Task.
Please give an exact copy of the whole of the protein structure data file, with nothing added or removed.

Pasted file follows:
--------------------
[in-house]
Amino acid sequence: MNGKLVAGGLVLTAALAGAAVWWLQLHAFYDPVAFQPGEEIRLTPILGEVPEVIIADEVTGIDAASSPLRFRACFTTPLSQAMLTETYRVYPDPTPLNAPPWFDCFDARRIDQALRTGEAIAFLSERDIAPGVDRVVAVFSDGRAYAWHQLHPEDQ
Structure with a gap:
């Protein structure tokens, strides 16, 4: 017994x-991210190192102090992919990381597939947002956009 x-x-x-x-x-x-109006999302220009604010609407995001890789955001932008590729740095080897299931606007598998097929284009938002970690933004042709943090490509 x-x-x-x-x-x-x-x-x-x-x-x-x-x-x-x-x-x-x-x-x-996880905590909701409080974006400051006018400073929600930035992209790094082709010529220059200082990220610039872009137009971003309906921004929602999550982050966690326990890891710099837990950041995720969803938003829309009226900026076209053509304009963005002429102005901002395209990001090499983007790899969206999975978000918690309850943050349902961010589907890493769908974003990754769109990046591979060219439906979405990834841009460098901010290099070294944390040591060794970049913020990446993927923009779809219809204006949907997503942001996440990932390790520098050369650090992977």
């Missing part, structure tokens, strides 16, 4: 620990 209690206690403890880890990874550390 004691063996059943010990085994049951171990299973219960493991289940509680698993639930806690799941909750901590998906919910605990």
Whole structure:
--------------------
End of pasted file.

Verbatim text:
[in-house]
Amino acid sequence: MNGKLVAGGLVLTAALAGAAVWWLQLHAFYDPVAFQPGEEIRLTPILGEVPEVIIADEVTGIDAASSPLRFRACFTTPLSQAMLTETYRVYPDPTPLNAPPWFDCFDARRIDQALRTGEAIAFLSERDIAPGVDRVVAVFSDGRAYAWHQLHPEDQ
Structure with a gap:
């Protein structure tokens, strides 16, 4: 017994x-991210190192102090992919990381597939947002956009 x-x-x-x-x-x-109006999302220009604010609407995001890789955001932008590729740095080897299931606007598998097929284009938002970690933004042709943090490509 x-x-x-x-x-x-x-x-x-x-x-x-x-x-x-x-x-x-x-x-x-996880905590909701409080974006400051006018400073929600930035992209790094082709010529220059200082990220610039872009137009971003309906921004929602999550982050966690326990890891710099837990950041995720969803938003829309009226900026076209053509304009963005002429102005901002395209990001090499983007790899969206999975978000918690309850943050349902961010589907890493769908974003990754769109990046591979060219439906979405990834841009460098901010290099070294944390040591060794970049913020990446993927923009779809219809204006949907997503942001996440990932390790520098050369650090992977």
């Missing part, structure tokens, strides 16, 4: 620990 209690206690403890880890990874550390 004691063996059943010990085994049951171990299973219960493991289940509680698993639930806690799941909750901590998906919910605990």
Whole structure: